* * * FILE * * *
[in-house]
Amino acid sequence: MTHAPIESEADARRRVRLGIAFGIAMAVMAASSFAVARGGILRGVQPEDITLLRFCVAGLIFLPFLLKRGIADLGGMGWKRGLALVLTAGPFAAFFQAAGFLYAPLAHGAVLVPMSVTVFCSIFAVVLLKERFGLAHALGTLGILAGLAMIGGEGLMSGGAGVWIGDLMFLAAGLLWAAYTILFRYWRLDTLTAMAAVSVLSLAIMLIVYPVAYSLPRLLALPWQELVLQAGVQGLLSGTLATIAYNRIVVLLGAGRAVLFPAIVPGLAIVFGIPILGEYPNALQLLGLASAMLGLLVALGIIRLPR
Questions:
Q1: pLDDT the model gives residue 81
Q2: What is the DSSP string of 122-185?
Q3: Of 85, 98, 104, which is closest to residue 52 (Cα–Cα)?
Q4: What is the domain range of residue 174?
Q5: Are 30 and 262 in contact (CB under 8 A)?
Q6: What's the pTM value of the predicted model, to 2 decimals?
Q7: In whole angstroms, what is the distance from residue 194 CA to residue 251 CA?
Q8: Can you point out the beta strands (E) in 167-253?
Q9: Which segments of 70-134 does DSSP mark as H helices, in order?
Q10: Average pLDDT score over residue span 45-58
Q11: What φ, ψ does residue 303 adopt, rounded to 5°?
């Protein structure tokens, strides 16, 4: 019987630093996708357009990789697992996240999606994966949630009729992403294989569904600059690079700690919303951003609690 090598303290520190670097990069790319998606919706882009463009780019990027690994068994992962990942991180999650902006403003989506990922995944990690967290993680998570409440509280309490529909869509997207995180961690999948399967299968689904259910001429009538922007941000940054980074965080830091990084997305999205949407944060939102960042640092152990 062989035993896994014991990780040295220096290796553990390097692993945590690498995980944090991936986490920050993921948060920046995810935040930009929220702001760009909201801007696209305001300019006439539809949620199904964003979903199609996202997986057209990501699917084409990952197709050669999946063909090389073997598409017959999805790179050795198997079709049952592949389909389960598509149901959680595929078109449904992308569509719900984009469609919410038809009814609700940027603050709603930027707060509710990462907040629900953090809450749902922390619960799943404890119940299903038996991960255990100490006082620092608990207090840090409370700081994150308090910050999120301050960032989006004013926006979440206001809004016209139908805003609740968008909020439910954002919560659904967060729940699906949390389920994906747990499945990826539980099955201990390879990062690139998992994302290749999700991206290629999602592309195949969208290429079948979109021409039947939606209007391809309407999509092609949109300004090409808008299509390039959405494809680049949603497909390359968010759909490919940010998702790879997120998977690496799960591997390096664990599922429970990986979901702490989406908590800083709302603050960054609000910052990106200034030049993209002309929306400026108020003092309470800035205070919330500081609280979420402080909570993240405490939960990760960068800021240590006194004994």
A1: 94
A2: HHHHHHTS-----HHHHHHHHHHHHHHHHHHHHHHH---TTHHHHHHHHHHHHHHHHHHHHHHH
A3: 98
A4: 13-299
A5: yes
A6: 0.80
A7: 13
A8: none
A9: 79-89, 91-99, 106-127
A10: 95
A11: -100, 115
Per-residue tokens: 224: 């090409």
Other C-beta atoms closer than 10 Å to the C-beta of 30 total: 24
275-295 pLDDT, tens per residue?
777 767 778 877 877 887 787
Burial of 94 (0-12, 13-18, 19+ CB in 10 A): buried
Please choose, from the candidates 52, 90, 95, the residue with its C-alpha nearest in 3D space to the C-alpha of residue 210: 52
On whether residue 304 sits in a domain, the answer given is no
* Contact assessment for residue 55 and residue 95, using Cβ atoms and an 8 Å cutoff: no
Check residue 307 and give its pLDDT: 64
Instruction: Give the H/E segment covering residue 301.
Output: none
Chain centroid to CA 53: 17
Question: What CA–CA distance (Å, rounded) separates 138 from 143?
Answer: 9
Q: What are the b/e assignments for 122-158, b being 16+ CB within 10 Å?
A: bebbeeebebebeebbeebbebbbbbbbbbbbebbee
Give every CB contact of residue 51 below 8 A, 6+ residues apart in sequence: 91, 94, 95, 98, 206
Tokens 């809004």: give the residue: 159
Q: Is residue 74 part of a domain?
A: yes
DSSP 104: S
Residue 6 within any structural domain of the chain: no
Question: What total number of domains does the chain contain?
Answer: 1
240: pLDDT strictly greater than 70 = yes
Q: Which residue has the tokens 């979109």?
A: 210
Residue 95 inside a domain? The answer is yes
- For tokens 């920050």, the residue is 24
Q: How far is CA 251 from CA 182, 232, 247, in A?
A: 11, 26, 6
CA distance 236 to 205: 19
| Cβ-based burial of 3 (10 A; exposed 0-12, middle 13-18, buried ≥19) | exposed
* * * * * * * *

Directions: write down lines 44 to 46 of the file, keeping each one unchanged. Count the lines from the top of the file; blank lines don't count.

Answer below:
Tokens 């809004």: give the residue: 159
Q: Is residue 74 part of a domain?
A: yes